A review is underway by the Resilience Research Centre at Dalhousie, which has found that so far, the
Program has reduced isolation, delinquent behaviour and risk levels. The Program is also cost-effective:
the average cost per youth in the Program is $27,758 per year, compared to the average cost per youth
involved in the range of Community Services programs at $79,935 to $208,050 per year.
The Youth Advocate Program pilot was created with one-time funding from the National Crime
Prevention Centre, which is now coming to an end. The total cost of the program annually is $762,000.
HRM is seeking support from its partners in delivering community services. The Youth Advocate
Program helps achieve the goals of the Child and Youth Strategy and it has the support of Provincial
Child and Youth Action Committee. HRM looks forward to continuing collaboration on this important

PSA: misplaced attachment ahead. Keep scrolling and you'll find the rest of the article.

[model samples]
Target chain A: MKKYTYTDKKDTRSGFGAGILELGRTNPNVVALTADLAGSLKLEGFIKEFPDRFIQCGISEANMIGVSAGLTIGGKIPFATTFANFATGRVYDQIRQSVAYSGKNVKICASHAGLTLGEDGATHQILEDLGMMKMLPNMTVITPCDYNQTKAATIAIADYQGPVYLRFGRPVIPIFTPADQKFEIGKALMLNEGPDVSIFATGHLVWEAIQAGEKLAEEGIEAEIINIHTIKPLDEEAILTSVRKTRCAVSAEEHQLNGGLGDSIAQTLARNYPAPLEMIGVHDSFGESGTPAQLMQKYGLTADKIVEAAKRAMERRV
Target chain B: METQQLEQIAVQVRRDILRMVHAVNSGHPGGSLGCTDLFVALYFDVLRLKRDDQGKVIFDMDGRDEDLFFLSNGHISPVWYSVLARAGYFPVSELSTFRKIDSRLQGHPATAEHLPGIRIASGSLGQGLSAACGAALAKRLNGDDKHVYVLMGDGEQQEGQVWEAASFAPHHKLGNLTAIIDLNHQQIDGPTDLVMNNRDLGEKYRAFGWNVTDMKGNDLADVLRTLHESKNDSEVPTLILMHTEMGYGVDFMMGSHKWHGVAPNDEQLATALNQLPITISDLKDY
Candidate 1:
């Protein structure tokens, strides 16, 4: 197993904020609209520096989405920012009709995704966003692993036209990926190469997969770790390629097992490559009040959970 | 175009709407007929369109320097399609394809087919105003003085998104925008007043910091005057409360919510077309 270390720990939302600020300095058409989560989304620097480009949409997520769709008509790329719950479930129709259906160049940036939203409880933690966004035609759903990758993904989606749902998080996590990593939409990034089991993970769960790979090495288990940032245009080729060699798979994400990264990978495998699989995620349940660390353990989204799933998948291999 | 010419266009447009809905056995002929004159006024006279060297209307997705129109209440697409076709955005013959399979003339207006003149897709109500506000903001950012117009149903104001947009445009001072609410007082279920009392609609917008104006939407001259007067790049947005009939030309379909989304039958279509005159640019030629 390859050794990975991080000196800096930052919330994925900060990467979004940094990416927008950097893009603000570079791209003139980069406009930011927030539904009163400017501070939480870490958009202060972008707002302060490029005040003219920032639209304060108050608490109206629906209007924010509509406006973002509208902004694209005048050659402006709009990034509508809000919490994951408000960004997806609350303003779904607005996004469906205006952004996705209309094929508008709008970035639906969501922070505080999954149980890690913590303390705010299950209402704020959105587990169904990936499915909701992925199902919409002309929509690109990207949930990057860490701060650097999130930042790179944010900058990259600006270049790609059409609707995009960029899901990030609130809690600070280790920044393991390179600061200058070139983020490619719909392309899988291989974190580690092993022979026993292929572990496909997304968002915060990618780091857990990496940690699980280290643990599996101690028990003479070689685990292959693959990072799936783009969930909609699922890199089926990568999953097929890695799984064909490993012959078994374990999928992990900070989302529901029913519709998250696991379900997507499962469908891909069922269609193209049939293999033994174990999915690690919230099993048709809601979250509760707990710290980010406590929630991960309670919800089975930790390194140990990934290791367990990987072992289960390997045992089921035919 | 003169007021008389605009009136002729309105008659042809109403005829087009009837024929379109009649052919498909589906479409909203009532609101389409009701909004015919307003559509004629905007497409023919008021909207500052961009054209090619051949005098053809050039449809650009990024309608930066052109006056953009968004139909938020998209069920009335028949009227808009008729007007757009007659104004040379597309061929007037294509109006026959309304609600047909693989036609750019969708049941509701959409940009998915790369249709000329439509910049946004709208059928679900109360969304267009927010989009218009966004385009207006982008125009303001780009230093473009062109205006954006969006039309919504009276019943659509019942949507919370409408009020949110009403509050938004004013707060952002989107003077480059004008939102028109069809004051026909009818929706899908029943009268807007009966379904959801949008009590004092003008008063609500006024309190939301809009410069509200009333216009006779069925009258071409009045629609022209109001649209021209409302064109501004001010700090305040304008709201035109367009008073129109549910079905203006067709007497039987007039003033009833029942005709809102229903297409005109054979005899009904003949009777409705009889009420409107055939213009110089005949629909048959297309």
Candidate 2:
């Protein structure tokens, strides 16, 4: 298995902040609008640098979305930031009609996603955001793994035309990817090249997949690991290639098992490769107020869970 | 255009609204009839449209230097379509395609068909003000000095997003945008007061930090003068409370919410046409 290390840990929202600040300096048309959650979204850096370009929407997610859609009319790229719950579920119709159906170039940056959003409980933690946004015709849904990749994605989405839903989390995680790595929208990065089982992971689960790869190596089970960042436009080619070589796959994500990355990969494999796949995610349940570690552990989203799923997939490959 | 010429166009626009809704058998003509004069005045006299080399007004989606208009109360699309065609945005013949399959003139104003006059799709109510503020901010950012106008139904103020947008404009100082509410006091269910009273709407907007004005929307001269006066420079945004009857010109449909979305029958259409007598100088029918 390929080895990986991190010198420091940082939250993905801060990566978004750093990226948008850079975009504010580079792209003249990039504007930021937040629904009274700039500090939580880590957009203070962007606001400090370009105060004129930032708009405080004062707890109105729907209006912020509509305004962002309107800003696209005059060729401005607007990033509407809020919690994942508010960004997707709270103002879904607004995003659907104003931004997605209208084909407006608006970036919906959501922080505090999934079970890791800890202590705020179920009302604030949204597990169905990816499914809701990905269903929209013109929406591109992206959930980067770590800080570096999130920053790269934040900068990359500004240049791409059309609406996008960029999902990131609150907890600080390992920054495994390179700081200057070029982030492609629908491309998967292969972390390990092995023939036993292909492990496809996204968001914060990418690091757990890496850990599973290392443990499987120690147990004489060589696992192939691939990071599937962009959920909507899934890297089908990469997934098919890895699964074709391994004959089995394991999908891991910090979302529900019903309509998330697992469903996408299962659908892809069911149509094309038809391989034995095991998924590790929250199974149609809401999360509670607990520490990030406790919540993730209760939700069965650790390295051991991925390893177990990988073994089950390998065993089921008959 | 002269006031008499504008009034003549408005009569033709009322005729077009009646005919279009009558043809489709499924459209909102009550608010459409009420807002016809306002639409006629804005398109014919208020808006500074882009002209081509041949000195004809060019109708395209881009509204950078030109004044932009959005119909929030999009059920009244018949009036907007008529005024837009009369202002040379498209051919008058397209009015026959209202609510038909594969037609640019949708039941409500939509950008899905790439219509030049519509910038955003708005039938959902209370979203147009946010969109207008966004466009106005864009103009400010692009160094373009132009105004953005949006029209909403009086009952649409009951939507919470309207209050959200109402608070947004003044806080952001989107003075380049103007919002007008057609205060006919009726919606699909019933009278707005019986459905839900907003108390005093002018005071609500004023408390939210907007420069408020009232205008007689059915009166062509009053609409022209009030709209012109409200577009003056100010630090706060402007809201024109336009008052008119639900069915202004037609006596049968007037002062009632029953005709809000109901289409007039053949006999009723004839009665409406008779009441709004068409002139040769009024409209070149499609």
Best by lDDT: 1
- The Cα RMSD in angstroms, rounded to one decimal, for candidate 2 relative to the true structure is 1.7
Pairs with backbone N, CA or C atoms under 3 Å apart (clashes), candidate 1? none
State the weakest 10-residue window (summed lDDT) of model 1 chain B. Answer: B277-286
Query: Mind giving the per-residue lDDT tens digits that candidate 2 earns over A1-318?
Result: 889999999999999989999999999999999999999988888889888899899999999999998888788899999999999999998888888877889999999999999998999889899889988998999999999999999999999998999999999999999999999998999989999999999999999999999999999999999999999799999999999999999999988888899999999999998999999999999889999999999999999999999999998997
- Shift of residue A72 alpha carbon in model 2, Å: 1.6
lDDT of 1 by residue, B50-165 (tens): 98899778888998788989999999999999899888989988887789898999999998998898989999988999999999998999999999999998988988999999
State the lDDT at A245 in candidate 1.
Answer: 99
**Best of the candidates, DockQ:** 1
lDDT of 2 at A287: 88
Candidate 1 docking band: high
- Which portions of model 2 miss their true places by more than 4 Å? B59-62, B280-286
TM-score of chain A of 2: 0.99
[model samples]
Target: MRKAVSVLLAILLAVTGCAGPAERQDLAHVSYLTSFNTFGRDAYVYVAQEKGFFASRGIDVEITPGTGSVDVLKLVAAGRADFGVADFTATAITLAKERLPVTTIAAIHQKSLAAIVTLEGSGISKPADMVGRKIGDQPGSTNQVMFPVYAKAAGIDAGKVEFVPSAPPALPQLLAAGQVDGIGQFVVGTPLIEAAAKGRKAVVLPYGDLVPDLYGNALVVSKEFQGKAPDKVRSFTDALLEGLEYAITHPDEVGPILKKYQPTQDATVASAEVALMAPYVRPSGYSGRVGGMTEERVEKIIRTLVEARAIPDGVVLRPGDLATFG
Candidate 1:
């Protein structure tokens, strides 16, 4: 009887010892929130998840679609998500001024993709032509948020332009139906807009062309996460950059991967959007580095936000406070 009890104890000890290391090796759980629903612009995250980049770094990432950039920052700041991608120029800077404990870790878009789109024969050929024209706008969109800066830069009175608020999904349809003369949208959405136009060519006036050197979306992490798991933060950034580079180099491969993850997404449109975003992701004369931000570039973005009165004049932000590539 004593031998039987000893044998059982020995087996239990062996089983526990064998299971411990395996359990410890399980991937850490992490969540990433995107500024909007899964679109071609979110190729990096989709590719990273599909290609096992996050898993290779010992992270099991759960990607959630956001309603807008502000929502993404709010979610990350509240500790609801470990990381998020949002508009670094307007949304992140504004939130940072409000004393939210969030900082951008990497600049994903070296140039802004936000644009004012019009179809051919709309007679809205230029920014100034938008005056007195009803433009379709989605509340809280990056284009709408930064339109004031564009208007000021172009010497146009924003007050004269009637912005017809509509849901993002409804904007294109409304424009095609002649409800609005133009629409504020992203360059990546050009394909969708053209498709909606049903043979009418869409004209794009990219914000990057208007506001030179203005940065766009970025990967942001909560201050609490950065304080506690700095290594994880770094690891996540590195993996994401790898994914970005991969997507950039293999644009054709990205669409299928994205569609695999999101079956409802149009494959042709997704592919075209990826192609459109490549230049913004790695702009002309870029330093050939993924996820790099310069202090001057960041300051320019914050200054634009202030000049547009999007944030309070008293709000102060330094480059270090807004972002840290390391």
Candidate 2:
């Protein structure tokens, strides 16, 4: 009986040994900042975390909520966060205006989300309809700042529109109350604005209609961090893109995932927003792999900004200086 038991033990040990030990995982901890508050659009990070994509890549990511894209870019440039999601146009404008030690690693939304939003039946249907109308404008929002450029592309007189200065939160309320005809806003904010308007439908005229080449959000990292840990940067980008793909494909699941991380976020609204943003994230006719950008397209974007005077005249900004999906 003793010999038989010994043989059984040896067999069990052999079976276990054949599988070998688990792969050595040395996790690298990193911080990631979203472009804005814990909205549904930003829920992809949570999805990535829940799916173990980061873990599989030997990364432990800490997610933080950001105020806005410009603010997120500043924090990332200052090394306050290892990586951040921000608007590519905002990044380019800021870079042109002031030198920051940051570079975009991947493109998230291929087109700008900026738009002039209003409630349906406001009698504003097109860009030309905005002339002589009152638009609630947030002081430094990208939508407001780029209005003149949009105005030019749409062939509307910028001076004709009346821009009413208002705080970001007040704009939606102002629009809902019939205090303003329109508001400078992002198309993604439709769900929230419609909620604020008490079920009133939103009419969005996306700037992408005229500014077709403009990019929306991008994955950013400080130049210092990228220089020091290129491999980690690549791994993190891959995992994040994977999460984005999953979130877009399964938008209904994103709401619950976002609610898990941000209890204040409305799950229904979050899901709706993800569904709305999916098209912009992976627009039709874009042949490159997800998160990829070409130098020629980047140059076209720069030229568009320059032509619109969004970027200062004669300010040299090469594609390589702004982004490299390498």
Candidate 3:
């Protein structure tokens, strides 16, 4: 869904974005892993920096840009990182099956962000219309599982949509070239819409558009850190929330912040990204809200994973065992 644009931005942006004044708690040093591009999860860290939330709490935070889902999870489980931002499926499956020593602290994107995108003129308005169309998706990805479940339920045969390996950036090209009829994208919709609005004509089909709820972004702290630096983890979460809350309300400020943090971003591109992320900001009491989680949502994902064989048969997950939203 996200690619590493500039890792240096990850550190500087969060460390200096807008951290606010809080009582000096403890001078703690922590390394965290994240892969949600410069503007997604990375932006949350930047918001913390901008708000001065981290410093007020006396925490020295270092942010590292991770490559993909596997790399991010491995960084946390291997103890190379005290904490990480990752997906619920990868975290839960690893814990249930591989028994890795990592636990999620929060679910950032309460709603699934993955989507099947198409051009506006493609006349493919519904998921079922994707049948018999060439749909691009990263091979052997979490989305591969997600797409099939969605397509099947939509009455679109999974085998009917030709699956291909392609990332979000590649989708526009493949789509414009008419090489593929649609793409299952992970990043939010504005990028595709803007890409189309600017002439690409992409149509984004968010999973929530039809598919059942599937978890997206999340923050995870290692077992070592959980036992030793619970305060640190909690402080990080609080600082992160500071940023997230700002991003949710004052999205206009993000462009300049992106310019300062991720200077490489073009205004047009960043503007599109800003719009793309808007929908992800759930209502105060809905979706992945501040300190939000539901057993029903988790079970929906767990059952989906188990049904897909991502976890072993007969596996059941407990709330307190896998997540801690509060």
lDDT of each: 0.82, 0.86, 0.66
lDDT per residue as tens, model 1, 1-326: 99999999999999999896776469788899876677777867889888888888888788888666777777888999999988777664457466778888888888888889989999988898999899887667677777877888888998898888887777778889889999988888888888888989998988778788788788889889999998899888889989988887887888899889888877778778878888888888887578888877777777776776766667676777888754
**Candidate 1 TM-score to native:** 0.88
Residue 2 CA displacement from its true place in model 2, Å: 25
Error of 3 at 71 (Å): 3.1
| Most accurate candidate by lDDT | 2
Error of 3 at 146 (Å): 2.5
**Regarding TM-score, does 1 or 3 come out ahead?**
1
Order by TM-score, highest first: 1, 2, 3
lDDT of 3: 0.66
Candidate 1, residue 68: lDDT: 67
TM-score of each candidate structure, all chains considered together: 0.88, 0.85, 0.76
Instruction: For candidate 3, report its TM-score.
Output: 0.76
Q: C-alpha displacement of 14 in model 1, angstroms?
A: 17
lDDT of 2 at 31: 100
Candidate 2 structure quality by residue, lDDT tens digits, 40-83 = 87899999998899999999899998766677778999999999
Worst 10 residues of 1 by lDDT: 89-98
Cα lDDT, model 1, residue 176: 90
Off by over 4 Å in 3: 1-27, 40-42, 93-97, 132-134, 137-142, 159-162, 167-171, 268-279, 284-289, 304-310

service.
On a related issue, the Boots to the Street Program is an on-going initiative with the Provincial
Department of Justice, through which municipal police and RCMP officers have been funded by the
Province since 2007 to bolster community safety. The positions provided and funded by the Province
are vital to maintaining a visible police presence in communities throughout Nova Scotia. Having
sufficient numbers of police officers to maintain a presence “on the street” contributes greatly to
citizens’ sense of well-being, as well as allowing police to become well-known within communities and
acting as a trusted resource to local residents. Continuation of this program is important to ensuring
public safety in HRM and other municipalities.
CONCLUSION
The past year has been a productive one in terms of HRM-Provincial relations. Communication has been
strengthened and both partners have made strides in integrating common objectives. As mentioned
above, HRM is very pleased that the Province will be a partner in the Strategic Urban Partnership. We
look forward to a continued role in the implementation of the Economic Strategy and alignment of
economic development initiatives, as well as broader collaboration in areas that affect all aspects of the
well-being of our citizens.